August 5, 2011
Nila Madhab Panda
Harsh Mayar, Husaan Saad, Gulshan Grover, Pitobash, Beatrice Ordeix
Smile Foundation – producers of this film – could have made a documentary on the need to educate our children. What they’ve done instead is given us an unobtrusive, non-preachy, loveable film about a little dhaba boy in Rajasthan who idolises A.P.J. Abdul Kalam, is inspired by Kalam’s rise from poverty to Presidentship, studies doggedly by the light of a kerosene lamp while developing an unlikely friendship with a local ‘prince’.
Much of I Am Kalam’s charm lies in its authentic feel and its sense of humour. But it would have been half the film that it is if it hadn’t starred those two exceedingly talented boys Harsh Mayar and Husaan Saad. Mayar has already won a National Award for his performance as the poor yet perennially positive Chhotu who longs for an education and insists on being addressed as Kalam after his hero. He’s a live wire before the camera. Saad’s Ranvijay is less bubbly and therefore less likely to attract attention, but the actor plays his part of the lonely and kind youngster from an erstwhile royal family with the ease of a practised performer though he has starred in only one film before this. The warmth of their chemistry is what well and truly brings alive this sweet and small film.
The story is simple and contained in the two paragraphs I’ve written already. After years of playing over-the-top caricatures of bad men in numerous Hindi films, here in I Am Kalam, Gulshan Grover turns in an unexpectedly likeable performance as Chhotu/Kalam’s boss. Bhati Mamu is the dhaba owner who recognises his boy helper’s immense talent and – in an unrelated development – falls in love with one of his tourist memsaabs. That musician mem is played by Delhi-based French actress Beatrice Ordeix whose Lucie Madam is kind, considerate, a frequent visitor to Rajasthan and in love with India. Ordeix and Yamla Pagla Deewana’s Emma Brown Garrett offer a ray of hope for viewers tired from years of watching actors of limited talent and/or charisma playing white folk in most Hindi films. Chhotu’s bête noir in I Am Kalam is Laptan played by actor Pitobash who is as delightful here as he was in a larger role as an impetuous small-time crook in Shor In The City earlier this year.
The beauty of I Am Kalam lies in the friendship between Chhotu and Ranvijay. But the interactions between Bhati Mamu and Lucie Madam too are entertaining without mocking Bhati, though it might have been tempting to go that way – nice touch! Equally enjoyable are the scenes in the dhaba where the white tourists all look and speak like real white tourists, where Chhotu picks up languages with alacrity, where everyone is taken in by this spirited child, and where we have one of the film’s most memorable moments: an impromptu jam session kicked off when Lucie is testing a new ravanhatta – the traditional stringed instrument popular in Rajastan – and is joined by Chhotu on his khartal, an unnamed tourist with a banjo (Delhi-based musician Deepak Castelino) and everyone else who gathers around to clap, click pictures or watch in admiration ... evocative evidence, if any is needed, that music has no language, class or nationality.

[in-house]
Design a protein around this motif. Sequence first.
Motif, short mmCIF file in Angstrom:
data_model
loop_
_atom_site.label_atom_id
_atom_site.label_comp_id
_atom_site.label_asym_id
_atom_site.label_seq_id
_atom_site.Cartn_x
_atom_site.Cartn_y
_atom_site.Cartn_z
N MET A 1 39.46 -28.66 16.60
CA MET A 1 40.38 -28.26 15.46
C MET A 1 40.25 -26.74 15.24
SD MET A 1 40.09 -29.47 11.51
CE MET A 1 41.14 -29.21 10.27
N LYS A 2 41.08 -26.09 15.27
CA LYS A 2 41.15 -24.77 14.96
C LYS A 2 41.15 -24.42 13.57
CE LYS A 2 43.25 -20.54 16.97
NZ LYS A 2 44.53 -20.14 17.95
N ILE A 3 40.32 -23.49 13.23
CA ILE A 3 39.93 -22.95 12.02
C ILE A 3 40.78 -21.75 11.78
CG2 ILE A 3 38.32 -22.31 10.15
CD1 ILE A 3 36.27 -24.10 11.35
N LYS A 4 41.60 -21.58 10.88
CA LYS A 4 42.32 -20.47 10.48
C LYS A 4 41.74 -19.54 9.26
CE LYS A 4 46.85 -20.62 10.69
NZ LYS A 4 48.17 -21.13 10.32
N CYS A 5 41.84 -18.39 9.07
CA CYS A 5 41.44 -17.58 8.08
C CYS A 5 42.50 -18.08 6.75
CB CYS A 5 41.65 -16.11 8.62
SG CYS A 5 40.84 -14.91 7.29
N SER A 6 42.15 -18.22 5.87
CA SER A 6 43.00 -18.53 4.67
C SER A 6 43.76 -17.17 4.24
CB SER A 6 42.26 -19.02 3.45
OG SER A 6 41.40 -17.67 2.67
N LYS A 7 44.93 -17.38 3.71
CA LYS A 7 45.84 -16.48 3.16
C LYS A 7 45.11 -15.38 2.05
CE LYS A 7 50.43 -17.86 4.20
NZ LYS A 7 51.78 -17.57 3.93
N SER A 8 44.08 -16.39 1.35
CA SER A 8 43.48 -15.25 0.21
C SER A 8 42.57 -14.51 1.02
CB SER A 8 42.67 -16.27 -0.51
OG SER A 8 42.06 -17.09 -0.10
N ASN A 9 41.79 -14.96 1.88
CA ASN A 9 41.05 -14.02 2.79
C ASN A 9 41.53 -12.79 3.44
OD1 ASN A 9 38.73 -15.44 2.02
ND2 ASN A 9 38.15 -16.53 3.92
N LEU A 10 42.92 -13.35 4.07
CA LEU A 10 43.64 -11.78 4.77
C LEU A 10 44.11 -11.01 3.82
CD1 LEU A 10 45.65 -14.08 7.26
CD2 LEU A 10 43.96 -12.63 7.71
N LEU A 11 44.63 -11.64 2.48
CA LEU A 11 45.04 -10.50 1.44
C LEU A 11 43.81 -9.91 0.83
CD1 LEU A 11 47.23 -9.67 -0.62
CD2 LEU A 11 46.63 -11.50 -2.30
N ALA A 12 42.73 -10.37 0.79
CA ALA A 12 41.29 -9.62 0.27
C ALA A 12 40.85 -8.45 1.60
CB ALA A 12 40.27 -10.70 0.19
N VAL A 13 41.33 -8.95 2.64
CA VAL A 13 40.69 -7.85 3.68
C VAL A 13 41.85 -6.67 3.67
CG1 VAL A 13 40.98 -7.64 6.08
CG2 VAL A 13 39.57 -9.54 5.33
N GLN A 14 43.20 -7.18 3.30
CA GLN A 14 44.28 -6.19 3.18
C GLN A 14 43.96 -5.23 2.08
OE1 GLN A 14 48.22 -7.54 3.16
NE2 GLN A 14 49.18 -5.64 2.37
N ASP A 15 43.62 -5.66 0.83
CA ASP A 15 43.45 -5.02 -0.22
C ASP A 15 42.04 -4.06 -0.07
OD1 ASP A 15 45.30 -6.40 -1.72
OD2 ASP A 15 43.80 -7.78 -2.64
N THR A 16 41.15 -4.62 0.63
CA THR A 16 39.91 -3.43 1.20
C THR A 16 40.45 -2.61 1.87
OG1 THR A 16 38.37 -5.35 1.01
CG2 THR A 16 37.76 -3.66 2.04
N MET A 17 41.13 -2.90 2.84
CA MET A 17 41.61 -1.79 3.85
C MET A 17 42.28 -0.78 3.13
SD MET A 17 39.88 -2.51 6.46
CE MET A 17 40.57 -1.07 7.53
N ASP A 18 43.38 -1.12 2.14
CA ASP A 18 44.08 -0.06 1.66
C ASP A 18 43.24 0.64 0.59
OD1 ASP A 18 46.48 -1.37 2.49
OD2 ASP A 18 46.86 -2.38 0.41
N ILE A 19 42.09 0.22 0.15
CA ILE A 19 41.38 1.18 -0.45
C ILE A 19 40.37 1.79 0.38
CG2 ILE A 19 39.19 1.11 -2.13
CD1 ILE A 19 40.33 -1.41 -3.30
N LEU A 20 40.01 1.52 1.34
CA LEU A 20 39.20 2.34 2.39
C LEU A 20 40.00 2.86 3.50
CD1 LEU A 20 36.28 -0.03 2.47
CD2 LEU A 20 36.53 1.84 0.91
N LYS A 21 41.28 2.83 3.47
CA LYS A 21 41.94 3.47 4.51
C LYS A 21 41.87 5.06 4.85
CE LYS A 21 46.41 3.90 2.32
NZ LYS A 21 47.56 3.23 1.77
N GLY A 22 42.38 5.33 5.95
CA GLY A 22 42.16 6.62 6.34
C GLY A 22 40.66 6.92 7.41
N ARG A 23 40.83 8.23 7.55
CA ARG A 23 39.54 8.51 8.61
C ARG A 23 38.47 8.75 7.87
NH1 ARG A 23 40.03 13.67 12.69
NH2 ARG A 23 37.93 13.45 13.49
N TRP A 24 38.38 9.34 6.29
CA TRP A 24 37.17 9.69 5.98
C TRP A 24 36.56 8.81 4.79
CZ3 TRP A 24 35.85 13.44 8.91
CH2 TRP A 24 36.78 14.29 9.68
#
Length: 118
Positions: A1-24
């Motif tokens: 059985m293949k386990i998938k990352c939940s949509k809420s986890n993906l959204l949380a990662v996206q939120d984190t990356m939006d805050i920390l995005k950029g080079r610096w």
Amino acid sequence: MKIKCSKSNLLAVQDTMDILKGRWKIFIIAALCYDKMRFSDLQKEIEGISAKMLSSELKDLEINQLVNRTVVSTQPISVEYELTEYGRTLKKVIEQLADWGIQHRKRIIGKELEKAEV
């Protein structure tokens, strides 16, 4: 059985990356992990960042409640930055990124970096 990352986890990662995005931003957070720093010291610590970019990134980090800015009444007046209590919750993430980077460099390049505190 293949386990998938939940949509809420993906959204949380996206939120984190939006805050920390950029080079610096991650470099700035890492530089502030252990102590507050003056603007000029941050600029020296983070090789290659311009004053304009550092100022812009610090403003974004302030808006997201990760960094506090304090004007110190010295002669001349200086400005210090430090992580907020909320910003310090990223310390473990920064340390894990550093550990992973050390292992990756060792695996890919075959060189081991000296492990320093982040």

The only thing that didn’t work for me in I Am Kalam was its hurriedly wrapped up ending suffused with improbabilities. Could a tradition-and-possibly-caste-bound king who is so conservative that he doesn’t run a kitchen at his palace hotel suddenly be transformed into the benefactor of a poor boy? And why did that song in the children’s classroom focus so much and so awkwardly on the teacher? The director’s sure-footedness through the rest of the film turns slightly shaky in the last 10 minutes.
But still, this is a lovely film! 2011 has been unusual because it has brought us a string of Hindi children’s films, all of them very well cast, from Sagar Ballary’s Kaccha Limboo and Amole Gupte’s Stanley ka Dabba to Chillar Party just last month and Bubble Gum just last week. Bubble Gum suffered from indifferent production values and Chillar Party meandered beyond a point. I Am Kalam is more polished; it’s also well-intentioned, entertaining and as much for adults as it is for kids. Sanjay Chauhan’s writing is straightforward and extremely effective. Nila Madhab Panda’s direction is so confident that it’s hard to believe this is his debut feature. A big thank you to him for bringing together the sparkling Harsh Mayar and Husaan Saad in one film. Mayar lives in a resettlement colony in Delhi and is making his film debut with I Am Kalam. Saad was earlier seen in Delhi 6. It will be our good fortune if Hindi cinema provides these remarkable children with more opportunities so that two decades from now, we are still watching them on the big screen, perhaps as the successors of Ranbir Kapoor and Ranveer Singh.
Rating (out of five): ***1/2
CBFC Rating: U without cuts
Running time: 90 Minutes